CINCINNATI, OH - JANUARY 09:  Mike Tomlin the head coach of the Pittsburg Steelers gives insturctions to his team before the game against the Cincinnati Benglas at Paul Brown Stadium on January 9, 2016 in Cincinnati, Ohio.  (Photo by Andy Lyons/Getty Images)

Life is harder for road teams in the divisional playoffs, but that’s changing

For the first time in NFL history, all four road teams won on wild-card weekend to kick-off the 2015 NFL playoffs. But can the Chiefs, Steelers, Seahawks and Packers keep rolling?

The broad numbers indicate that those teams will have a much tougher time making history again in the divisional round. Since the league adopted its current playoff format in 1990, home teams have a .625 winning percentage on wild-card weekend. But that rate increases to .730 in the divisional playoffs.

However, it’s been a different story in the last decade. Since 2005, 16 road teams have won divisional games. That’s up significantly from 11 in the first 15 years under this format. Between 1990 and 2004, home teams had an .817 winning percentage in the divisional round.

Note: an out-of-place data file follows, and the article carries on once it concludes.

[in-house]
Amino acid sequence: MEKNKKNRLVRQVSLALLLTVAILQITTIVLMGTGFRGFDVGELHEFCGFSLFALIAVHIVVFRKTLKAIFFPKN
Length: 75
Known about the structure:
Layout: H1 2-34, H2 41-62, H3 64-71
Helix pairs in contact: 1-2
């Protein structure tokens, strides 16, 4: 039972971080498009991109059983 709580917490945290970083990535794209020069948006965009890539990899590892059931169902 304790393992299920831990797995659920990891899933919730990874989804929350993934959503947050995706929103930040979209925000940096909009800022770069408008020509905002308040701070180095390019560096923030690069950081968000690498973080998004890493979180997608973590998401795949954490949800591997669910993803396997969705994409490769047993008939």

Since then, that rate has dropped to .600.

(A similar trend has taken place in wild-card games. In the first 14 years under the current system, wild-card home teams won at a .732 cut, but that number has plummeted to an even .500 in the last 12 years.)

Now, we’ve never had a year in which all four road teams won on divisional playoff weekend, but Baltimore, Arizona and Philadelphia beat Tennessee, Carolina and the Giants in 2008 and road teams went 2-2 in 2005, 2006, 2007 and 2010. And the home teams haven’t swept the divisional playoffs since 2003, when New England, Philly, Atlanta and Pittsburgh all took care of Indianapolis, Minnesota, St. Louis and the Jets.

So it’s possible we’re due for a big weekend from the road teams, even if they’re all underdogs.

Brad Gagnon

About Brad Gagnon

Brad Gagnon has been passionate about both sports and mass media since he was in diapers -- a passion that won't die until he's in them again. Based in Toronto, he's worked as a national NFL blog editor at theScore.com, a producer and writer at theScore Television Network and a host, reporter and play-by-play voice at Rogers TV. His work has also appeared at CBSSports.com, Deadspin, FoxSports.com, The Guardian, The Hockey News and elsewhere at Comeback Media, but his day gig has him covering the NFL nationally for Bleacher Report.

Quantcast